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Changing times

Yesterday, as a result of the end of British Summer Time, I manually changed the time on five clocks:

  • a wall clock
  • a decorative clock
  • an oven clock
  • an alarm clock
  • a car clock

This may only have taken a few minutes, but I was slightly surprised to notice the number of clocks involved. None of these clocks is new. I must have changed every one of them multiple times over the years, yet if you’d asked me how many clocks I change each autumn, I’d probably have said, ‘Maybe two?’

This is a wholly insignificant example of an interesting phenomenon: I underestimate the effort I put into things when viewing them retrospectively. I think many people are the same, almost dismissive of their own efforts.

It wasn’t until yesterday morning that I made the obvious connection between this behaviour and imposter syndrome. I suffer from imposter syndrome from time to time, which is unsurprising given its reported frequency among medics.1 I’ve always associated it with feelings of inadequacy related to the current situation: ‘I’m not qualified to chair this meeting,’ or ‘Most of what I have to contribute here is common sense,’ for example. These are both phrases I occasionally find myself uttering. Intellectually, I know that feeling as though ‘I’ve not earned my place here’ is part of the syndrome. However, I’ve never made the connection between that facet and mentally discounting the effort put into prior achievements.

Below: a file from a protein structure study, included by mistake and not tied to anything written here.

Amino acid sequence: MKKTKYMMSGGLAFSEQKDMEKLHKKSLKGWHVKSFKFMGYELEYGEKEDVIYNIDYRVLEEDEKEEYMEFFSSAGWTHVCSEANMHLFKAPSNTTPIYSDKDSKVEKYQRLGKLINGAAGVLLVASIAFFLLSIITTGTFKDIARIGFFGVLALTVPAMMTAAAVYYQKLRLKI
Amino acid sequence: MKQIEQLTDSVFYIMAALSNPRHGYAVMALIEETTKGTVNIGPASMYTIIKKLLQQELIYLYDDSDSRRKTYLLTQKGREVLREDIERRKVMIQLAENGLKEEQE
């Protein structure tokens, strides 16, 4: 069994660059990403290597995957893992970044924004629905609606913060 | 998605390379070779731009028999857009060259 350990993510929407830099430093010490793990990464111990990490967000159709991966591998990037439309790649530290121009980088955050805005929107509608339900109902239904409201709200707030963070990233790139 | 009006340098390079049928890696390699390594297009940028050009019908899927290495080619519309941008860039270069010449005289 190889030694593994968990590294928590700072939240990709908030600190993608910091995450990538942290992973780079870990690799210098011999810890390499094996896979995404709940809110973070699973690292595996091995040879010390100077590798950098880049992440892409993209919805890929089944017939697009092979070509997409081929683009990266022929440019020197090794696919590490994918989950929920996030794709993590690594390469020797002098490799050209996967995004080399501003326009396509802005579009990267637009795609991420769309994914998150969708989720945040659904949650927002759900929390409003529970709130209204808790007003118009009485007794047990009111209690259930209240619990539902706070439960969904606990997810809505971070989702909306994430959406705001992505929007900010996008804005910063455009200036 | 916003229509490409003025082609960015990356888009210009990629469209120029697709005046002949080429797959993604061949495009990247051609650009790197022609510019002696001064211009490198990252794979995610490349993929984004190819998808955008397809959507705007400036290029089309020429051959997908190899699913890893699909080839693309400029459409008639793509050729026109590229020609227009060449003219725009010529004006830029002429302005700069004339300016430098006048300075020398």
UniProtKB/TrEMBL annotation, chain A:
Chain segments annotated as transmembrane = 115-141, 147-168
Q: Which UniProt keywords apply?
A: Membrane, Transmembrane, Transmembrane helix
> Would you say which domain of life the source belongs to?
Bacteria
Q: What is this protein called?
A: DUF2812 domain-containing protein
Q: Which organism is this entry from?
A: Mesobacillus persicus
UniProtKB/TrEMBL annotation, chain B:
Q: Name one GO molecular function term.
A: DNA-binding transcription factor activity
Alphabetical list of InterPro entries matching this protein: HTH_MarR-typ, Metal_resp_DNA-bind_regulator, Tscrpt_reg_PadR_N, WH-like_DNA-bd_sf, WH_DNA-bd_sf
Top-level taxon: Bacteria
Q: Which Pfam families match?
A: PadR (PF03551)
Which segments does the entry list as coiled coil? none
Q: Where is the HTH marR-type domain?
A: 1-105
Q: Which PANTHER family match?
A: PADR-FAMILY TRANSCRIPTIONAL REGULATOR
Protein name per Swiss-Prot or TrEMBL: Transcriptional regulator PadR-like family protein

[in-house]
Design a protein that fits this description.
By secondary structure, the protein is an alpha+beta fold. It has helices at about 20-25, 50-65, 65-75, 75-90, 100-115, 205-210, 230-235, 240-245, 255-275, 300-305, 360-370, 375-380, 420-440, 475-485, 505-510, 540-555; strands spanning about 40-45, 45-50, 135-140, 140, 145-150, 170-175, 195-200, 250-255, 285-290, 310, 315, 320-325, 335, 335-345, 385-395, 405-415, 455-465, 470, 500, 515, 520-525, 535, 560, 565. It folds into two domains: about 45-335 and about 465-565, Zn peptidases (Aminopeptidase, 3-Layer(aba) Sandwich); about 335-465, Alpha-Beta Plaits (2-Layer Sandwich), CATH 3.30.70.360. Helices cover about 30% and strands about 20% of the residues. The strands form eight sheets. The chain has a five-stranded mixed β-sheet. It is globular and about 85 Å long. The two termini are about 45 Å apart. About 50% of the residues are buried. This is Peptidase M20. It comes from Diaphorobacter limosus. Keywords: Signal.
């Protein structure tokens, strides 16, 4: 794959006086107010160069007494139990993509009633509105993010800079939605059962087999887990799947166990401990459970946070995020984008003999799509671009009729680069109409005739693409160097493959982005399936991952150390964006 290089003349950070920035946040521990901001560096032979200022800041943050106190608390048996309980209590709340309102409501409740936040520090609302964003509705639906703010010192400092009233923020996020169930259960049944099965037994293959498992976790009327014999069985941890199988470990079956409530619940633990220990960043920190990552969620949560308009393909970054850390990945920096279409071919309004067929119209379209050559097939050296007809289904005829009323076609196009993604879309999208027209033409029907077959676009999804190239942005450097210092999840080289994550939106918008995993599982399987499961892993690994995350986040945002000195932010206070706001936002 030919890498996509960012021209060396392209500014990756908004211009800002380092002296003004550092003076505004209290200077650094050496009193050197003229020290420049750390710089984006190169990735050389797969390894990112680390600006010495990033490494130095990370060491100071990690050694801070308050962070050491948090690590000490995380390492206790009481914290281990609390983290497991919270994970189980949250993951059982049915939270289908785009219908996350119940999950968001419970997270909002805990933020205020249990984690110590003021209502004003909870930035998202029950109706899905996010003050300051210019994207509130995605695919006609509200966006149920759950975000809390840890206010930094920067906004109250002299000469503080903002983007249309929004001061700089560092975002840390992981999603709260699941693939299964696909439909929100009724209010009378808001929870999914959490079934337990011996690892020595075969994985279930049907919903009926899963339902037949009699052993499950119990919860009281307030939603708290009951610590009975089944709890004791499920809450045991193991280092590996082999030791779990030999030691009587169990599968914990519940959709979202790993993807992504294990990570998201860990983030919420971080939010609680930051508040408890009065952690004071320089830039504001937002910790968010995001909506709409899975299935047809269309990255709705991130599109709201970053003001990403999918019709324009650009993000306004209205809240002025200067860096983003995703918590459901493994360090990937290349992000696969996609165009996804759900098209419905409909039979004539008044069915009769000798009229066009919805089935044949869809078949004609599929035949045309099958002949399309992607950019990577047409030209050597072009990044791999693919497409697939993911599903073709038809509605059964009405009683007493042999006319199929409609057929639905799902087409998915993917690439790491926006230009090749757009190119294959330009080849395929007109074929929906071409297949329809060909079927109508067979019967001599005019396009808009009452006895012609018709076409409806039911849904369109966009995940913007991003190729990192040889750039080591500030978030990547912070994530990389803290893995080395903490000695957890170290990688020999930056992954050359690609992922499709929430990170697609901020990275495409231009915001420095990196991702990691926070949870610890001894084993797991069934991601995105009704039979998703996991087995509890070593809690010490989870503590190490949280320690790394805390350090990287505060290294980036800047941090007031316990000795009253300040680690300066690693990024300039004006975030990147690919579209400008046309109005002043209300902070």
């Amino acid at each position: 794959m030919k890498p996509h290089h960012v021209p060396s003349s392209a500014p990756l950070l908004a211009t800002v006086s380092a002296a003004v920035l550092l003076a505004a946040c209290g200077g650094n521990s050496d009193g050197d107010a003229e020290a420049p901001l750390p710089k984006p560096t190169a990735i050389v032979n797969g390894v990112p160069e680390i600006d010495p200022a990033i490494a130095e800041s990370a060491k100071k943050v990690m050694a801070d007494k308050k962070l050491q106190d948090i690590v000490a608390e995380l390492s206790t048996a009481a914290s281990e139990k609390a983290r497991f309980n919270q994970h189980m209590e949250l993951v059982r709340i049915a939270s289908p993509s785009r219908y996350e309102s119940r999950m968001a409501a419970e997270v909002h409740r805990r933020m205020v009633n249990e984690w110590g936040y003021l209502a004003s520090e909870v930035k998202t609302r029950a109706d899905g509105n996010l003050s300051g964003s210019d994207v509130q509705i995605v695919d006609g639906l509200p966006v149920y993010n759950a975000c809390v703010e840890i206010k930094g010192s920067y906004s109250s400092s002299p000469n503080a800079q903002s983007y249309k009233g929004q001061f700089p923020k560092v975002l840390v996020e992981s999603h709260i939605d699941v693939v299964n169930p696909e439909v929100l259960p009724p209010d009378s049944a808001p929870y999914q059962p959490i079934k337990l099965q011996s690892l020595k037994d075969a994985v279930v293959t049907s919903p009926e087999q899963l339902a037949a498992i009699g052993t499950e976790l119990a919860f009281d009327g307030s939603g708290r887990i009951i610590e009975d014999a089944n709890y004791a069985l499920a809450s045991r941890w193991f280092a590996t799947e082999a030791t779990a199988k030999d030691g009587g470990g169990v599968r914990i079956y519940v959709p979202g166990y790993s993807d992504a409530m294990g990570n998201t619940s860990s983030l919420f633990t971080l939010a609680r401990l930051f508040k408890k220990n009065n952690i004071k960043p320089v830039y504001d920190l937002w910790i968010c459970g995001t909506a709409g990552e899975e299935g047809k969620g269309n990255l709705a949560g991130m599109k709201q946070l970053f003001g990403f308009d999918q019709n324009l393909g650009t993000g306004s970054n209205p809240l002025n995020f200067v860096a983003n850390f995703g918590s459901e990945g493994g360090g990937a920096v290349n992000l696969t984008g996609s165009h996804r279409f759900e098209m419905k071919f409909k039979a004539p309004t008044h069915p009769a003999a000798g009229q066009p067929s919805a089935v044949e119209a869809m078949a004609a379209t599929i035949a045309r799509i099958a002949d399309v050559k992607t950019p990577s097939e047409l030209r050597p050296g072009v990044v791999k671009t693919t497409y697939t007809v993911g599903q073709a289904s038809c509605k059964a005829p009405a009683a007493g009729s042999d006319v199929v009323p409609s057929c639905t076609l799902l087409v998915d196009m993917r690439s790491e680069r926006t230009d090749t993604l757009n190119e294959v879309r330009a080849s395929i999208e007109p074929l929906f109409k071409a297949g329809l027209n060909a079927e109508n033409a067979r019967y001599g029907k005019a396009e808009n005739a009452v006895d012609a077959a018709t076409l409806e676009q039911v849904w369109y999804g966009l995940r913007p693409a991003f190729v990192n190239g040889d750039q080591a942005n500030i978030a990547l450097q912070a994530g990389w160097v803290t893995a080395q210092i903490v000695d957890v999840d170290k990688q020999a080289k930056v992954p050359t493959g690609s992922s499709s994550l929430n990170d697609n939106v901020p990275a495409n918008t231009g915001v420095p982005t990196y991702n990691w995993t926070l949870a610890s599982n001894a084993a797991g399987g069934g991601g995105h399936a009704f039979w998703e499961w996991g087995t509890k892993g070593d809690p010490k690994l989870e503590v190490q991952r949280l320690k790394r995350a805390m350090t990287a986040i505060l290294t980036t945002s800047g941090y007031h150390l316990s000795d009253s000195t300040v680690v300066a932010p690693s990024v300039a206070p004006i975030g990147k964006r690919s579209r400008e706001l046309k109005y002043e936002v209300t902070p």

This is a significant insight. Strategies like systematic, structured reflection could help to increase my recognition of my prior efforts. This could improve my medical practice by giving me greater confidence in my abilities and effectively addressing imposter syndrome.

I would never have guessed that the moment of changing the clocks would provide a moment of insight like this. They pop out of the strangest places sometimes.

  1. I have a particular bugbear about imposter syndrome being something that’s typically discussed as affecting women more than men despite clear evidence that the issue affects both sexes equally. But that’s for another day.

The image at the top of this post was generated by DALL·E 3.

This post was filed under: Health, Post-a-day 2023.

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